7 Reasons To Switch From Facebook to an RSS Reader

I love Facebook- it allows me to keep up with old friends, build new friendships, and stay up to date with everyone I love. It’s also the worst content deliverer on the planet. I often miss the great posts from people I care about because Facebook doesn’t put posts sequentially in your feed, or worse, I get bombarded with crappy content. Not cool. 


Fortunately, there’s an amazing alternative: instead of Facebook, use an RSS feeder for content. 


An RSS feeder works the same way great magazines or newspapers work, but with tremendous customization. In most RSS feeder apps, you simply type the name of the blog or website you want to follow, and it brings you every post from that source the instant it’s posted. 


Still not convinced? Here’s 7 great reasons to switch: 


7. No ads, if you want no ads. Most ads are filtered out by RSS readers, and few of the readers themselves add ads to the feed.


6. No way to pay to boost the likelihood that you’ll read it. Unlike Facebook where you can pay to have your content appear more often, RSS readers display everything in order of appearance, and only if you decide you want to read it.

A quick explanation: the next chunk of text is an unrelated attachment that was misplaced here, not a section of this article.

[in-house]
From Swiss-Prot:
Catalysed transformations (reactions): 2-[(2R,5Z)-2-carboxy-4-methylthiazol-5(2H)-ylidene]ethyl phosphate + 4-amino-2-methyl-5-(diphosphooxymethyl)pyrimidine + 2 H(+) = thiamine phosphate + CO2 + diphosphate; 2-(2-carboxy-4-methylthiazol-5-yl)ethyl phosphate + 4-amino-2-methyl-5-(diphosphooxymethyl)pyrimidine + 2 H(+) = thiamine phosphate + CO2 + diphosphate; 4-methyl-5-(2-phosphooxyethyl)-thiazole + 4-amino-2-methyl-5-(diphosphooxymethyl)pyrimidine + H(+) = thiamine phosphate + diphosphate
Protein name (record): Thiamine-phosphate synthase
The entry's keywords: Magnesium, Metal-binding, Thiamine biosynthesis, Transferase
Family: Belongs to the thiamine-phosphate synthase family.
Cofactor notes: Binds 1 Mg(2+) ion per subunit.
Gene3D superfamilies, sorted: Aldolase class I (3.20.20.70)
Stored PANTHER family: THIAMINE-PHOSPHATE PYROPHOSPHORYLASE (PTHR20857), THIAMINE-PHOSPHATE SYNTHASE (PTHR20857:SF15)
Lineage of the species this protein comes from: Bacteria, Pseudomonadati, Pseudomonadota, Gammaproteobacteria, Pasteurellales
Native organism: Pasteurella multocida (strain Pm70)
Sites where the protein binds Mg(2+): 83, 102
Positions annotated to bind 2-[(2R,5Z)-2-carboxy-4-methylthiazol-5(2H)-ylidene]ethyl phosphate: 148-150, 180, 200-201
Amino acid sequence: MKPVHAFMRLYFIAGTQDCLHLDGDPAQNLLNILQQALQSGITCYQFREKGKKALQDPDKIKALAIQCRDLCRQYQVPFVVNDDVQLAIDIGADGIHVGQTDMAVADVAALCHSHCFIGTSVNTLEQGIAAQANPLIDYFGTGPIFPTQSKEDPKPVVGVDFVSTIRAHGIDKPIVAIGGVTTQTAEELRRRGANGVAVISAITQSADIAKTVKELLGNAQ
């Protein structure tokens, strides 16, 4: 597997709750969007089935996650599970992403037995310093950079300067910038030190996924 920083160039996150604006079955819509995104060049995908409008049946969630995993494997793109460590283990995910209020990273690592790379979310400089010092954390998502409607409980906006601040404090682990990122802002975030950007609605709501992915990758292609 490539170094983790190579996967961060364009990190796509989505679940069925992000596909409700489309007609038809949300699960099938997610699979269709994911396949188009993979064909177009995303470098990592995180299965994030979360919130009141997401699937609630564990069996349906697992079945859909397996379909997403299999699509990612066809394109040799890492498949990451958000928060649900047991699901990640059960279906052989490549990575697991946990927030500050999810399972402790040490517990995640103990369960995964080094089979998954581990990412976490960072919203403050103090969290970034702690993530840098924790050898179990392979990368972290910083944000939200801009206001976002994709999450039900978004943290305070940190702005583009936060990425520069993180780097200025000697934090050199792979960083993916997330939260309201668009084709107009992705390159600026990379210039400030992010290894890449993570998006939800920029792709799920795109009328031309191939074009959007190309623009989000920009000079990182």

5. It makes it easy to bookmark and save your favorite articles. Most RSS readers have great bookmarking and content saving options, making it easy to come back to an article you enjoyed.


4. Feeders make it easier to track what you have and haven’t read. In most blog feeders, all the blogs you’ve read will be marked as read, saving you from having to re-read content.


3. Feeds can be grouped by topics. Instead of constantly topic-hopping, you can stay focused on each subject while reading. For instance, I group mine into Business, Environment, Computer, Misc, Music, and Personal categories.


2. It’s super-elegant. Instead of all the sidebar ads popping up while you read, you get just the content of the article. 


1. It’s free. It’s free to subscribe to blogs, and most RSS readers are either free or low cost. My favorite RSS readers are Feedly (free) and FeedReader (also free).